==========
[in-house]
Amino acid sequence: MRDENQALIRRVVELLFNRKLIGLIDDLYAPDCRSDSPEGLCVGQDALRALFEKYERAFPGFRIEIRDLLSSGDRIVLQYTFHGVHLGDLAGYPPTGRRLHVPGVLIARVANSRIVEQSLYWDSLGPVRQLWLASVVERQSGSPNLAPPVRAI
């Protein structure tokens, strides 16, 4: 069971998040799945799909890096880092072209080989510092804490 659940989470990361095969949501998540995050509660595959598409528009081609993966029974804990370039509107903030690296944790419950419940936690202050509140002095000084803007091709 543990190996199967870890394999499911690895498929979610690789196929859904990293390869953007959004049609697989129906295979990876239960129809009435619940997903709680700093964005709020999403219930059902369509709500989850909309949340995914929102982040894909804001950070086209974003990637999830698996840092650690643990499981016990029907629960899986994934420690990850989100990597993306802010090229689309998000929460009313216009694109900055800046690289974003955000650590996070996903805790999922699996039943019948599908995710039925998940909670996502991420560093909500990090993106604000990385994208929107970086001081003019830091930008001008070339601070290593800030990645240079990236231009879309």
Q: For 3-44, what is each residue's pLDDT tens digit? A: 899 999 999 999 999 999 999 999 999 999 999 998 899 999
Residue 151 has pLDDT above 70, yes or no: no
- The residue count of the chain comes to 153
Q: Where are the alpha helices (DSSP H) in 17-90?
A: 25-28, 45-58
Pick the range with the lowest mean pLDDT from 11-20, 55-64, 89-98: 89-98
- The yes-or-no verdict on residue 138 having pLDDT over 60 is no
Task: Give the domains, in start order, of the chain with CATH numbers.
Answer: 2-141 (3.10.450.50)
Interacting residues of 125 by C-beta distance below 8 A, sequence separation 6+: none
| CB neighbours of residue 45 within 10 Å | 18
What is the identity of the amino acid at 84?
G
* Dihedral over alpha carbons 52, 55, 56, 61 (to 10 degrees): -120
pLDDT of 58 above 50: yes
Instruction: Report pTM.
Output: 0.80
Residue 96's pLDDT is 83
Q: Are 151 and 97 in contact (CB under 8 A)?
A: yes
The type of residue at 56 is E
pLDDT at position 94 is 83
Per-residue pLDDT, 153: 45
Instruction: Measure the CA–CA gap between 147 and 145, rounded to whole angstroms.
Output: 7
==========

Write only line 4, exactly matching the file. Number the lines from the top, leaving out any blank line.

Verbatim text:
Q: For 3-44, what is each residue's pLDDT tens digit? A: 899 999 999 999 999 999 999 999 999 999 999 998 899 999